(S&P Global) ExxonMobil on Thursday lowered its 2020 total oil and gas production estimate about 7% to 3.9 million boe/d, which includes slowing operations slightly in the Permian Basin, based on both lower oil prices.
In the West Texas/New Mexico basin, the company will also drop the number of rigs going forward, although efficiencies will enable it to keep to its longer-term target of 1 million boe/d there by 2024, Neil Chapman, senior vice president of upstream, said at the ExxonMobil’s 2020 Analyst Day in New York.
“We expect 20,000 boe/d lower this year than we said last year” he said, bringing Permian volumes down to 360,000 boe/d in 2020.
In addition, 2021 volumes in the basin will be 40,000 boe/d lower than previously stated at about 600,000 boe/d, he said.
By 2025, ExxonMobil also expects total production of around 5 million boe/d, underpinned by not only the Permian but five phased developments in Guyana, where the major expects to flow more than 750,000 boe/d of output that year.
CEO Darren Woods said ExxonMobil is planning an annual capital budget of $30 billion to $35 billion over the next five years, unchanged from previous guidance. This year, however, spending will be in the bottom half of that range, with a reduction in capex for North American dry gas, he said.
“Last year we thought we’d be in the top half,” Woods said, adding actual spending will depend on market environment going forward.
PERMIAN RESOURCES MOSTLY UNDEVELOPED
The company has 10 billion boe of Permian resources, although only a fraction of that total has been developed.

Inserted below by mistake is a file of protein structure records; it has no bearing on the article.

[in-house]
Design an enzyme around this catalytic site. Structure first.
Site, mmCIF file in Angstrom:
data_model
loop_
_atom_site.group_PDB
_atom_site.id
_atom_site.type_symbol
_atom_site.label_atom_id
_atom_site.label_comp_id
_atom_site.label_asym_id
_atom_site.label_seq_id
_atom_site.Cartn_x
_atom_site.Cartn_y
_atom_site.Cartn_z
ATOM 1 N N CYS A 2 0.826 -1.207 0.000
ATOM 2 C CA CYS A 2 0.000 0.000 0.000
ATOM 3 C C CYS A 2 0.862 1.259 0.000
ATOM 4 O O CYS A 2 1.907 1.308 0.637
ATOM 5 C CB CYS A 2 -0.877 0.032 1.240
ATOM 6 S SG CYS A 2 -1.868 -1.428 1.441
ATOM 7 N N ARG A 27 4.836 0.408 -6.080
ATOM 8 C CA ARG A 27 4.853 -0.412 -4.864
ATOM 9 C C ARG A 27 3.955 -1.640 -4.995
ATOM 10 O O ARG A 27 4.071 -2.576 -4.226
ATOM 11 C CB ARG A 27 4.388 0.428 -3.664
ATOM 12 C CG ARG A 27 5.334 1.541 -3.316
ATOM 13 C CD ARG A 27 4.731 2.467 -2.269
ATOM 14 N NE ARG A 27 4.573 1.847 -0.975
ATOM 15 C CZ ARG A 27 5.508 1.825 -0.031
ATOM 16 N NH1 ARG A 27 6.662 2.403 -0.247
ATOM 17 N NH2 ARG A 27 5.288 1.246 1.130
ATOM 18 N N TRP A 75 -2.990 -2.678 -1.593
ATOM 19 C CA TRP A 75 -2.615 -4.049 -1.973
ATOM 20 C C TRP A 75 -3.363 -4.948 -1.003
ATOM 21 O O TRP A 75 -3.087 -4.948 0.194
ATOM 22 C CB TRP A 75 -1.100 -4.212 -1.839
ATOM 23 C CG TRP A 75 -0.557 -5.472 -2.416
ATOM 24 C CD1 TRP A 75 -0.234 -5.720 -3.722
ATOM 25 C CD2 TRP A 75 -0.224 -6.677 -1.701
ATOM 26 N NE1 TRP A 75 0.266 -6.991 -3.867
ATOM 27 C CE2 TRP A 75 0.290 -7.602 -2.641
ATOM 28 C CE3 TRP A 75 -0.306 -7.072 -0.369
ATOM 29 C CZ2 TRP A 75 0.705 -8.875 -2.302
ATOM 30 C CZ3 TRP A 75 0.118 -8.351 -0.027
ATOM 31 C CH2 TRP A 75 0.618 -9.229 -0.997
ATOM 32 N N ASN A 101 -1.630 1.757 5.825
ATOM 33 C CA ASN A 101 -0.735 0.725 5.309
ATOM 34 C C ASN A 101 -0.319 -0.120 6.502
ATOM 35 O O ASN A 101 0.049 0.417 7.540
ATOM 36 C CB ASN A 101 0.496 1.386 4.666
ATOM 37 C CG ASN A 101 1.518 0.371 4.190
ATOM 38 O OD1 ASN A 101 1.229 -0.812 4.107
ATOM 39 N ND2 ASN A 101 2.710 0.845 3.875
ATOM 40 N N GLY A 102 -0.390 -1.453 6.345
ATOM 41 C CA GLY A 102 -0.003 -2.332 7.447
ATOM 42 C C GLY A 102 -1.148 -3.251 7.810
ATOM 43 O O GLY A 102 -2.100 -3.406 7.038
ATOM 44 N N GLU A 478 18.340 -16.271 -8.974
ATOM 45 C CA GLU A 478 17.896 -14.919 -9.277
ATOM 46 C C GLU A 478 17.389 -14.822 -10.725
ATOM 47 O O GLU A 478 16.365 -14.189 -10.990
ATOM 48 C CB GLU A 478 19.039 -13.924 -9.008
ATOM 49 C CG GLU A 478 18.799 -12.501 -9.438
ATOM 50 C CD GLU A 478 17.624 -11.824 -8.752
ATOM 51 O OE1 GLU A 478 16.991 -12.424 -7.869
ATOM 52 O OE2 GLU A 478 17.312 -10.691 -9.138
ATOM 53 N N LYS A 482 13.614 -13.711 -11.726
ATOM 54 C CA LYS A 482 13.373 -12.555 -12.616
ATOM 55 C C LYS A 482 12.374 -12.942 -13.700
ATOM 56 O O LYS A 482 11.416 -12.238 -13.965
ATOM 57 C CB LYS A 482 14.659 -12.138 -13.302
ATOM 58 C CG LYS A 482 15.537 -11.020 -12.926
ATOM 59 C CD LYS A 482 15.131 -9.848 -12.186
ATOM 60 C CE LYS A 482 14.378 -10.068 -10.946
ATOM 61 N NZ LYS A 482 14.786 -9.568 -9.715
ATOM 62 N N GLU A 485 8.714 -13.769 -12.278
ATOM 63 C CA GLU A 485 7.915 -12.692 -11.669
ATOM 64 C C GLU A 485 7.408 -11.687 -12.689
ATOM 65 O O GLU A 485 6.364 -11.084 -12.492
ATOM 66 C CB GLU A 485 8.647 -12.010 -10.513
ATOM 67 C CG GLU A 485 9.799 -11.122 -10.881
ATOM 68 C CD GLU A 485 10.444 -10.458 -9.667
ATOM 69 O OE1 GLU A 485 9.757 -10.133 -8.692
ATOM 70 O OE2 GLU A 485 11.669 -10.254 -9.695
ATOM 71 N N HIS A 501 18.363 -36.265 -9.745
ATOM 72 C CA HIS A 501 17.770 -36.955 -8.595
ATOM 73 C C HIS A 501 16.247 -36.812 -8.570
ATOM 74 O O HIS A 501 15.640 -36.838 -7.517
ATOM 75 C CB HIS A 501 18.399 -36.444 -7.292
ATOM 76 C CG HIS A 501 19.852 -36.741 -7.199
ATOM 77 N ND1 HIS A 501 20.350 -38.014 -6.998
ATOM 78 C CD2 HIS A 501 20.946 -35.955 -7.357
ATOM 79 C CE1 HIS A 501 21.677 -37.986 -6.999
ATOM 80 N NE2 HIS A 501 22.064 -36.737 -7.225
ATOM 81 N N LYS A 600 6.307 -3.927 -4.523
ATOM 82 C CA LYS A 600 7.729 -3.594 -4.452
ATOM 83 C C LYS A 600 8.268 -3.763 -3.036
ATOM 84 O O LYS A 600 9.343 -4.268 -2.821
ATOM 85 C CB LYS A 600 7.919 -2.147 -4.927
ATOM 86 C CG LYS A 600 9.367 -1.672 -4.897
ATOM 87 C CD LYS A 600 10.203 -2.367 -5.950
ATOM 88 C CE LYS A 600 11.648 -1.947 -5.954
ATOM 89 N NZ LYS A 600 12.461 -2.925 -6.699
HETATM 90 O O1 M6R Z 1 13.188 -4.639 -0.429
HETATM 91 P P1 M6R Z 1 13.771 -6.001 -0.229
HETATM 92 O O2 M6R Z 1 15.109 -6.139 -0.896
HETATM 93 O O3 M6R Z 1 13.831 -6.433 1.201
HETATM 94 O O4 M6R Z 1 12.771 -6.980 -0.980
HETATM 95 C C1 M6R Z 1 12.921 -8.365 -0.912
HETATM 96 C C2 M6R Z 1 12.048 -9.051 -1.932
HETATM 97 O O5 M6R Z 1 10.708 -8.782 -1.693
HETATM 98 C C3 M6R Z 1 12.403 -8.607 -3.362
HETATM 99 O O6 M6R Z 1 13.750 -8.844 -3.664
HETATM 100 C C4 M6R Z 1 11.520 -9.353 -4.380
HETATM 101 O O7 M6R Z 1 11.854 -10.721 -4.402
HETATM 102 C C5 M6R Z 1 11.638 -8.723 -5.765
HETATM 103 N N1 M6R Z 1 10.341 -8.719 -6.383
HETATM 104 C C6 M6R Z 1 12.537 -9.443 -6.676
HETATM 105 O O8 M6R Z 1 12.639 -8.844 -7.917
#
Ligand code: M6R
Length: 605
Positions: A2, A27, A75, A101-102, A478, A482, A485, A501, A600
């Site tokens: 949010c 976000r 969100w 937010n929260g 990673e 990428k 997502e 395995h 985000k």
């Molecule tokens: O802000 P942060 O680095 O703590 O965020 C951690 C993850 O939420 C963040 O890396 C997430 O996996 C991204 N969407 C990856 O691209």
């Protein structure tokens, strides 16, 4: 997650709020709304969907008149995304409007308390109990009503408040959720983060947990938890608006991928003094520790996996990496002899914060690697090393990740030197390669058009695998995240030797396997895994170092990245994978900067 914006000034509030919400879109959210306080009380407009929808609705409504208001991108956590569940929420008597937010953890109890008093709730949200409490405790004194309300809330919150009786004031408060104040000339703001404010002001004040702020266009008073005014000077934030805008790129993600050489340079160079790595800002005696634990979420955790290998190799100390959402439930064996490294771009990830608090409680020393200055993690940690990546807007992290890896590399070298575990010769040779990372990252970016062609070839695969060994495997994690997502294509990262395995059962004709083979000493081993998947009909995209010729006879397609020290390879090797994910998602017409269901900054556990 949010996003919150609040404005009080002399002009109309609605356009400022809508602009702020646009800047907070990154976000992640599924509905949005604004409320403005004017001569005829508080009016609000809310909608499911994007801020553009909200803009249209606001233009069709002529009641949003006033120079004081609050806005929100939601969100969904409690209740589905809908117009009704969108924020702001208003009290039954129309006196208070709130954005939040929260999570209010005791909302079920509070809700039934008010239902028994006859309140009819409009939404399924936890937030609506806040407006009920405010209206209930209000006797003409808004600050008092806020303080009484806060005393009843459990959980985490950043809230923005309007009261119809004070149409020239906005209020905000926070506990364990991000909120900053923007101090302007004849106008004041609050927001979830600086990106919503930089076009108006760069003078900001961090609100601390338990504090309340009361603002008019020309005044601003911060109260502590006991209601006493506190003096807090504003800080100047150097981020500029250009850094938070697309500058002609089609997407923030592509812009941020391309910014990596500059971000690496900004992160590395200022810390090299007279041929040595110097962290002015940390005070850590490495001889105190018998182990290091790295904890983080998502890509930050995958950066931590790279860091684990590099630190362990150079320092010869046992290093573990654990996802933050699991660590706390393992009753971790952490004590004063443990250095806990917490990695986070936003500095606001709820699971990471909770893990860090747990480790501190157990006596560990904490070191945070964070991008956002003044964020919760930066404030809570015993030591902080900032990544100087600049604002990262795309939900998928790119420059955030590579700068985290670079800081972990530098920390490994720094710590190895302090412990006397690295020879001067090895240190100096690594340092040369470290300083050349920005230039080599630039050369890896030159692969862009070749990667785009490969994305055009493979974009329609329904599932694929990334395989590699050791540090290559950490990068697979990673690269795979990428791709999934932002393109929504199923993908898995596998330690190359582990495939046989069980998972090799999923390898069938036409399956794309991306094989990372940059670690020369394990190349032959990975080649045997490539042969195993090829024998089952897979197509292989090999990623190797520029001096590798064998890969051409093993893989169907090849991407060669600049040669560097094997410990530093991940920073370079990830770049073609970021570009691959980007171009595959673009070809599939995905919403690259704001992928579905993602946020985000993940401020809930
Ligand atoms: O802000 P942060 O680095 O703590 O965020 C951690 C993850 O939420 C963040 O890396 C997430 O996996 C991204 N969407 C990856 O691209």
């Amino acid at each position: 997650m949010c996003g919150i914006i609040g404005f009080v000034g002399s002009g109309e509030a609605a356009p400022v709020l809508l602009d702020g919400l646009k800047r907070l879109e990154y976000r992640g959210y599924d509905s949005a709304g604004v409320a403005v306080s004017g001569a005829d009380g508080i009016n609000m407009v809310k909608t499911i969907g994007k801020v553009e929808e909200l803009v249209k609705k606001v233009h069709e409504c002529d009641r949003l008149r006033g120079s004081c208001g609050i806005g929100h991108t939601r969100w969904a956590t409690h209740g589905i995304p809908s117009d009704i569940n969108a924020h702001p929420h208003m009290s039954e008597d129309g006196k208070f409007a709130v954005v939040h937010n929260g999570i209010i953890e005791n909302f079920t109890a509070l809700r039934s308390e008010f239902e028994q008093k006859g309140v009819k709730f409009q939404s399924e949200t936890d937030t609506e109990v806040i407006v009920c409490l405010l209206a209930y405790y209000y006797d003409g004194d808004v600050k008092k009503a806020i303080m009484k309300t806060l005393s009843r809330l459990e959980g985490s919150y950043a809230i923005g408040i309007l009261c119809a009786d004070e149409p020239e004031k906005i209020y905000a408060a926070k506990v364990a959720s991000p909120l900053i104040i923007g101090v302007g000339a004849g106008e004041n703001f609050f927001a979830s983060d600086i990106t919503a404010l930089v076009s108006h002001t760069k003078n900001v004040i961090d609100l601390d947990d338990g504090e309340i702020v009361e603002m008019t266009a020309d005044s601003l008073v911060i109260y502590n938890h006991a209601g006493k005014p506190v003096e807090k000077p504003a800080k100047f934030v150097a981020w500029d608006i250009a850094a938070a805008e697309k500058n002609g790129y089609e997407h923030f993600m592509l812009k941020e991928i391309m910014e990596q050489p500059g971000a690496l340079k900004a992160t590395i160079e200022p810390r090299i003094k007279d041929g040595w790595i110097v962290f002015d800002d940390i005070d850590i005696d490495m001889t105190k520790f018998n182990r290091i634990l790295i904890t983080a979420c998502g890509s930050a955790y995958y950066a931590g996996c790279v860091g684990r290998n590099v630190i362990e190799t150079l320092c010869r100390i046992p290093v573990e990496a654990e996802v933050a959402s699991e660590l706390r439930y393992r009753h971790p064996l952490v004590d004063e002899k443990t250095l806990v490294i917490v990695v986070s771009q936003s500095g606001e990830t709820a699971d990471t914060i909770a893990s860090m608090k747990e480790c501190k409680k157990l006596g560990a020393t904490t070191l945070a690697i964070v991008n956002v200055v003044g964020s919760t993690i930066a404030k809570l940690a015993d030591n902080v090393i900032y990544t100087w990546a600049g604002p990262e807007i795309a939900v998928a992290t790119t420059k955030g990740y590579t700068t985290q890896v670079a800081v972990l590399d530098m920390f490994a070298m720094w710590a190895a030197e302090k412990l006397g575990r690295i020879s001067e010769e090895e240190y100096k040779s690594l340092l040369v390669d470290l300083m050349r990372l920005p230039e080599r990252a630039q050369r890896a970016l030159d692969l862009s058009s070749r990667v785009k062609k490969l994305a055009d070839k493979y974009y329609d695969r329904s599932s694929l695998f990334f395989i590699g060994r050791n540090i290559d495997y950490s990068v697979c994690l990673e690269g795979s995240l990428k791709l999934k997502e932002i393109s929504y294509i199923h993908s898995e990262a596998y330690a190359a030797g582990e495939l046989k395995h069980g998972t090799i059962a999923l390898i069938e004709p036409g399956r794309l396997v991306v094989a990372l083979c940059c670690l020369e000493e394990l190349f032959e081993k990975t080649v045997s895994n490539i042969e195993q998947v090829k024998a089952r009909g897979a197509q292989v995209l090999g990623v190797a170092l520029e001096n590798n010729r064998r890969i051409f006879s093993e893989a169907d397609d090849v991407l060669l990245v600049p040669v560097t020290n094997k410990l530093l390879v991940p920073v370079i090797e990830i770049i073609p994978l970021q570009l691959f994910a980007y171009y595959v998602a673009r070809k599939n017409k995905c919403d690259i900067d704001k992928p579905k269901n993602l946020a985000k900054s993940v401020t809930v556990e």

To date, ExxonMobil has focused most of its drilling In the Midland sub-basin in the eastern side of the Permian. There, the rig count peaked last year at 22, but was 18 in February, and Chapman said ExxonMobil anticipates reducing rigs there this year by more than 20% versus today.
“These reductions are only having a very moderate impact on our volumes,” he said.
But the Delaware sub-basin, or the western Permian, is where ExxonMobil’s Permian operation is beginning to soar. There, the company has transitioned to a development phase, from delineation the last few years that helped it better understand the basin.
From three rigs running in the Delaware 2017, the company had 40 rigs at the start of this year. Its rig count there will peak by the end of March, in tandem with development drilling and more efficient operations, Chapman said.
The company had ramped up its holdings in the Delaware in 2017 when it bought the assets of the Bass Company. That boosted its acreage to three times the size of its Midland footprint.
But despite the relative lesser maturity of the Delaware, “we still produced about 100,000 boe/d [there] in 2019 despite having just 3% of the resource in production,” versus 20% of Midland resources in production, Chapman said.
ExxonMobil’s current drilling pace in the Delaware is about 250 wells/year, with an inventory of more than 6,000 potential targets. That means it can maintain its drilling pace for more than 20 years if conditions warrant.
Chapman said the development pace is important to achieving the company’s capital efficiency targets. “We don’t want to go too fast and compromise the organization’s capacity,” he said.
Guyana, where an ExxonMobil-led consortium has made 16 discoveries and produced first oil from the country in December, is the other star in the company’s growth portfolio.
Production from the Liza Phase One development is currently ramping up to what will be a peak of 120,000 boe/d in the coming months.
The 750,000 boe/d of expected production will come from five developments. Besides the current initial production at Liza One, Liza Two is in development. Three other phases have not yet been sanctioned.
Currently, the company is working on sanctioning the Payara Field as the third development, which is targeted for 2023 startup.
Source: S&P Global